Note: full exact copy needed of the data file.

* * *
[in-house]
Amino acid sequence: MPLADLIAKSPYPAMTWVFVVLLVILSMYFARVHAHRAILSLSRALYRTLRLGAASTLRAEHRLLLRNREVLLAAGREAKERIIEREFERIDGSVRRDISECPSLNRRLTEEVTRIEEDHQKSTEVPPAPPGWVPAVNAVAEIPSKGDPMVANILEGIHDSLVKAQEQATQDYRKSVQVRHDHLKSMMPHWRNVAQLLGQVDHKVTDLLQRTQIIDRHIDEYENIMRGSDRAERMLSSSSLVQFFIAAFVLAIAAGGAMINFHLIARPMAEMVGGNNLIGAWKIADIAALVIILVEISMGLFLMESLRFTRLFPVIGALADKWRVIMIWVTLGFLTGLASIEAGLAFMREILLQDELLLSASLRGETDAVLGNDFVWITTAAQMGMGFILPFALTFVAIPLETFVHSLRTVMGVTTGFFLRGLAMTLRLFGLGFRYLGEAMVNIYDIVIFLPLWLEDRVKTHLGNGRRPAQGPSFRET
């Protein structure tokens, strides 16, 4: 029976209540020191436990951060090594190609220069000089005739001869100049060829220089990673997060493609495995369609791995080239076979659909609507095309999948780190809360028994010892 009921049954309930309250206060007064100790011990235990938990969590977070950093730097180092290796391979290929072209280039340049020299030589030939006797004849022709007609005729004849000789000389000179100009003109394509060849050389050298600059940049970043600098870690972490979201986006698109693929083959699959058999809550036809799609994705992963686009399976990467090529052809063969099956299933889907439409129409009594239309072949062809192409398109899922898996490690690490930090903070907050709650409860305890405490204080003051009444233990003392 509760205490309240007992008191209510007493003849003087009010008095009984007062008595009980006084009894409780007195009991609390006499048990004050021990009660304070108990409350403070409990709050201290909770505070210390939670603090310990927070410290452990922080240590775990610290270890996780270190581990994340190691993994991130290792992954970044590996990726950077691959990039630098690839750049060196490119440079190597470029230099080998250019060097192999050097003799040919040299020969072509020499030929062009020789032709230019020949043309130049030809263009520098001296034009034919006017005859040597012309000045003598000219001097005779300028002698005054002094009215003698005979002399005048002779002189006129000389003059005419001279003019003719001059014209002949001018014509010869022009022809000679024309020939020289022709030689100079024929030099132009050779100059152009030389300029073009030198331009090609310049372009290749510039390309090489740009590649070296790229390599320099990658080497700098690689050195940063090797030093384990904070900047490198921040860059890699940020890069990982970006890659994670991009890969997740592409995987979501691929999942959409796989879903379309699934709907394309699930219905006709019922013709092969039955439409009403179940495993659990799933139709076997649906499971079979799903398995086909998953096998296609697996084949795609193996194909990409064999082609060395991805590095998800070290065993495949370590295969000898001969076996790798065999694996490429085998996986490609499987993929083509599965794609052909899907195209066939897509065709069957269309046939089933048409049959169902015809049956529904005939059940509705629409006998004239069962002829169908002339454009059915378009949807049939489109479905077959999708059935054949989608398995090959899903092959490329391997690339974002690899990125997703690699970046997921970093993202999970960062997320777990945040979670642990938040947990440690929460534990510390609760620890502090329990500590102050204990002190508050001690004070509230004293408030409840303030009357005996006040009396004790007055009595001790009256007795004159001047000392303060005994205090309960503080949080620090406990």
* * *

[in-house]
Amino acid sequence: MPLADLIAKSPYPAMTWVFVVLLVILSMYFARVHAHRAILSLSRALYRTLRLGAASTLRAEHRLLLRNREVLLAAGREAKERIIEREFERIDGSVRRDISECPSLNRRLTEEVTRIEEDHQKSTEVPPAPPGWVPAVNAVAEIPSKGDPMVANILEGIHDSLVKAQEQATQDYRKSVQVRHDHLKSMMPHWRNVAQLLGQVDHKVTDLLQRTQIIDRHIDEYENIMRGSDRAERMLSSSSLVQFFIAAFVLAIAAGGAMINFHLIARPMAEMVGGNNLIGAWKIADIAALVIILVEISMGLFLMESLRFTRLFPVIGALADKWRVIMIWVTLGFLTGLASIEAGLAFMREILLQDELLLSASLRGETDAVLGNDFVWITTAAQMGMGFILPFALTFVAIPLETFVHSLRTVMGVTTGFFLRGLAMTLRLFGLGFRYLGEAMVNIYDIVIFLPLWLEDRVKTHLGNGRRPAQGPSFRET
């Protein structure tokens, strides 16, 4: 029976209540020191436990951060090594190609220069000089005739001869100049060829220089990673997060493609495995369609791995080239076979659909609507095309999948780190809360028994010892 009921049954309930309250206060007064100790011990235990938990969590977070950093730097180092290796391979290929072209280039340049020299030589030939006797004849022709007609005729004849000789000389000179100009003109394509060849050389050298600059940049970043600098870690972490979201986006698109693929083959699959058999809550036809799609994705992963686009399976990467090529052809063969099956299933889907439409129409009594239309072949062809192409398109899922898996490690690490930090903070907050709650409860305890405490204080003051009444233990003392 509760205490309240007992008191209510007493003849003087009010008095009984007062008595009980006084009894409780007195009991609390006499048990004050021990009660304070108990409350403070409990709050201290909770505070210390939670603090310990927070410290452990922080240590775990610290270890996780270190581990994340190691993994991130290792992954970044590996990726950077691959990039630098690839750049060196490119440079190597470029230099080998250019060097192999050097003799040919040299020969072509020499030929062009020789032709230019020949043309130049030809263009520098001296034009034919006017005859040597012309000045003598000219001097005779300028002698005054002094009215003698005979002399005048002779002189006129000389003059005419001279003019003719001059014209002949001018014509010869022009022809000679024309020939020289022709030689100079024929030099132009050779100059152009030389300029073009030198331009090609310049372009290749510039390309090489740009590649070296790229390599320099990658080497700098690689050195940063090797030093384990904070900047490198921040860059890699940020890069990982970006890659994670991009890969997740592409995987979501691929999942959409796989879903379309699934709907394309699930219905006709019922013709092969039955439409009403179940495993659990799933139709076997649906499971079979799903398995086909998953096998296609697996084949795609193996194909990409064999082609060395991805590095998800070290065993495949370590295969000898001969076996790798065999694996490429085998996986490609499987993929083509599965794609052909899907195209066939897509065709069957269309046939089933048409049959169902015809049956529904005939059940509705629409006998004239069962002829169908002339454009059915378009949807049939489109479905077959999708059935054949989608398995090959899903092959490329391997690339974002690899990125997703690699970046997921970093993202999970960062997320777990945040979670642990938040947990440690929460534990510390609760620890502090329990500590102050204990002190508050001690004070509230004293408030409840303030009357005996006040009396004790007055009595001790009256007795004159001047000392303060005994205090309960503080949080620090406990």